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Fast Food

Study Finds Road Warriors Go to Starbucks and Subway... a Lot

You can spot them a mile away. Bleary-eyed people in suits pulling wheelie bags like pet poodles while they stand in line at the nearest Starbucks. They're the sales professionals and marketing reps who spend most of their lives on the road, endlessly traveling from meeting to pitch.

And, like most people, they need nourishment. And by nourishment, we mean caffeine and sugar.

See also: Starbucks: Don't Bring Guns Into Our Coffee Shops

According to a report recently released by Certify, a company that provides expense management and travel booking software, business travelers spend more money at Starbucks than at any other restaurant chain.

The Spend Smart report, generated from Certify's recent business expense and vendor ratings data for July 1 to September 30 gives us insight into the not-so-glamorous life of the road warrior. Unlike George Clooney in Up in the Air, the average business traveler stays in a Marriott or a Hampton Inn and dines at such "chichi" places as Jimmy John's, Chipotle, and Chick-fil-A.

According to the report, the most expensed restaurant for breakfast is Starbucks, with an average check of $9.51. Subway comes in tops for lunch with an average lunch at $14.09 (seems like someone's taking a Five-Dollar Footlong home for a snack). Tellingly, the top dinner spot is the generic HMS Host, which operates most airport dining facilities, with an average check of $16.26.

Other top "restaurants" for those weary for a home-cooked meal and a warm bed include McDonald's, Panera Bread, and Dunkin' Donuts. Full-service restaurants listed are (you guessed) Chili's, Applebee's, Ruby Tuesday, Buffalo Wild Wings, and Outback Steakhouse.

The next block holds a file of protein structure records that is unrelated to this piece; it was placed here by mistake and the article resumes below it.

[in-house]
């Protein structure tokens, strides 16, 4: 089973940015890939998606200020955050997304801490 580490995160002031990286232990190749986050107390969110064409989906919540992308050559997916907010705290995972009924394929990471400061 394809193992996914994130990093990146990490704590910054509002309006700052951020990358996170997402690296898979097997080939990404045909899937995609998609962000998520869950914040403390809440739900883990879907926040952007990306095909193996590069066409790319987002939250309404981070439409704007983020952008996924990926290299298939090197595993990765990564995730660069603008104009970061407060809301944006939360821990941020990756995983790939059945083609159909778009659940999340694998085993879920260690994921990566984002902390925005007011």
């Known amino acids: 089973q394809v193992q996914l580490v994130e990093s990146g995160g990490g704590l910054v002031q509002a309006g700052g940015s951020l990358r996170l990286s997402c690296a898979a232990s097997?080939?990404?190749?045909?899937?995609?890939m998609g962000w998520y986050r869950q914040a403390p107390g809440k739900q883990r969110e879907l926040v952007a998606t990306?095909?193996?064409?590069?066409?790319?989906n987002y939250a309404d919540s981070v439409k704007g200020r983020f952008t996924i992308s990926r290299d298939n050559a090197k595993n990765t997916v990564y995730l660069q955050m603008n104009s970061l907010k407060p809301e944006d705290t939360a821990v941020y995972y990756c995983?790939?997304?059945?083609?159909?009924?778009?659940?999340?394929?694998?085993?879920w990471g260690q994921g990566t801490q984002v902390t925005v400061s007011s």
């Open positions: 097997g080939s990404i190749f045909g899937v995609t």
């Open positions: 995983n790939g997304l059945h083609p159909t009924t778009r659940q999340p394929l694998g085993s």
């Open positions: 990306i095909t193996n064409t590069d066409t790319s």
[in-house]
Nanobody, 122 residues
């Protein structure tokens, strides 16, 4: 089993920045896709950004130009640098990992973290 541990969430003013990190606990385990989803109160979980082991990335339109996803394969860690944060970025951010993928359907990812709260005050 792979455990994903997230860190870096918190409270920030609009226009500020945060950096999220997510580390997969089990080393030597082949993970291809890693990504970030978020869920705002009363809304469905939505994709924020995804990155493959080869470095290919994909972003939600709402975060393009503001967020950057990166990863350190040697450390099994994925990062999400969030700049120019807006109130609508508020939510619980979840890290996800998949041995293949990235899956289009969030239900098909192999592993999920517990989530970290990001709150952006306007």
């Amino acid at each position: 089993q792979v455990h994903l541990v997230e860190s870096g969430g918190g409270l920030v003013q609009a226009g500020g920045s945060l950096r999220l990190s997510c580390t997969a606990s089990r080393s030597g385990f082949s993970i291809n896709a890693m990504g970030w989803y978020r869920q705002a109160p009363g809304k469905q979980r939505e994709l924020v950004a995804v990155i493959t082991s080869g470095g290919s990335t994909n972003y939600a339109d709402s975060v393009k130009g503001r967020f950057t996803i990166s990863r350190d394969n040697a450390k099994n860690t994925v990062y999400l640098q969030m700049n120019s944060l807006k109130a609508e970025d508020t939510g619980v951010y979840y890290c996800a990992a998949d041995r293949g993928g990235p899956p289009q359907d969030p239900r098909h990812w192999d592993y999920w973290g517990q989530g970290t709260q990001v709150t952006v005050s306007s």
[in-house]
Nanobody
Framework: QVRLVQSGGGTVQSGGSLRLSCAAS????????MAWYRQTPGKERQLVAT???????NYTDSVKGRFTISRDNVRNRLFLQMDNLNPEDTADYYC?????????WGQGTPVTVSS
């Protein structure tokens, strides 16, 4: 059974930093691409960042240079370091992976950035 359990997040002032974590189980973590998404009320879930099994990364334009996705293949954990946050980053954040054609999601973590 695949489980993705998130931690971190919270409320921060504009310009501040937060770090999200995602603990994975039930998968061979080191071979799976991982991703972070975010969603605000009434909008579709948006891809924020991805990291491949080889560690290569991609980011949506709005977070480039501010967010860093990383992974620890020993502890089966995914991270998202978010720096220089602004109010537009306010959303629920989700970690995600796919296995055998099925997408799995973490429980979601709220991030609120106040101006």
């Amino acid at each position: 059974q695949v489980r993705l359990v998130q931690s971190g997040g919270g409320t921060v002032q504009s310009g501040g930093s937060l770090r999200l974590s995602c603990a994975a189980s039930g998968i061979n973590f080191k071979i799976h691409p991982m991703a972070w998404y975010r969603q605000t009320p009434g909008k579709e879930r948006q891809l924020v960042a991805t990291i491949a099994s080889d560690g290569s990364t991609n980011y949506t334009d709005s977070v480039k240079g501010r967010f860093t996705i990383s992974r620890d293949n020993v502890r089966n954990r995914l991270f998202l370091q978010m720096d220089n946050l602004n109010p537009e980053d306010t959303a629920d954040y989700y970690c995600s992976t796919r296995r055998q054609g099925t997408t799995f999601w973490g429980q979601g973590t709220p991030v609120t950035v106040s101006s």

Though there's no conclusion to the report, which also lists data on car rental companies and airlines, one assumption can be made: The fast-food trend is deeply embedded into the day-to-day activities of all of America -- blue and white collar.

With that much purchase power, it would be wise for us to demand healthier choices from the very companies that feed most of us -- both close to home and when we're just in need of a familiar meal in an unfamiliar city.

Follow Laine Doss on Twitter @LaineDoss and Facebook.

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Laine Doss is the food and spirits editor for Miami New Times, covering the restaurant and bar scene in South Florida. She has been featured on Cooking Channel’s Eat Street and Food Network’s Great Food Truck Race. Doss won an Alternative Weekly award for her feature on what it’s like to wait tables. In a previous life, she appeared off-Broadway and shook many a cocktail as a bartender at venues in South Florida and New York City. When she’s not writing, you can find Doss running some marathon then celebrating at the nearest watering hole.
Contact: Laine Doss

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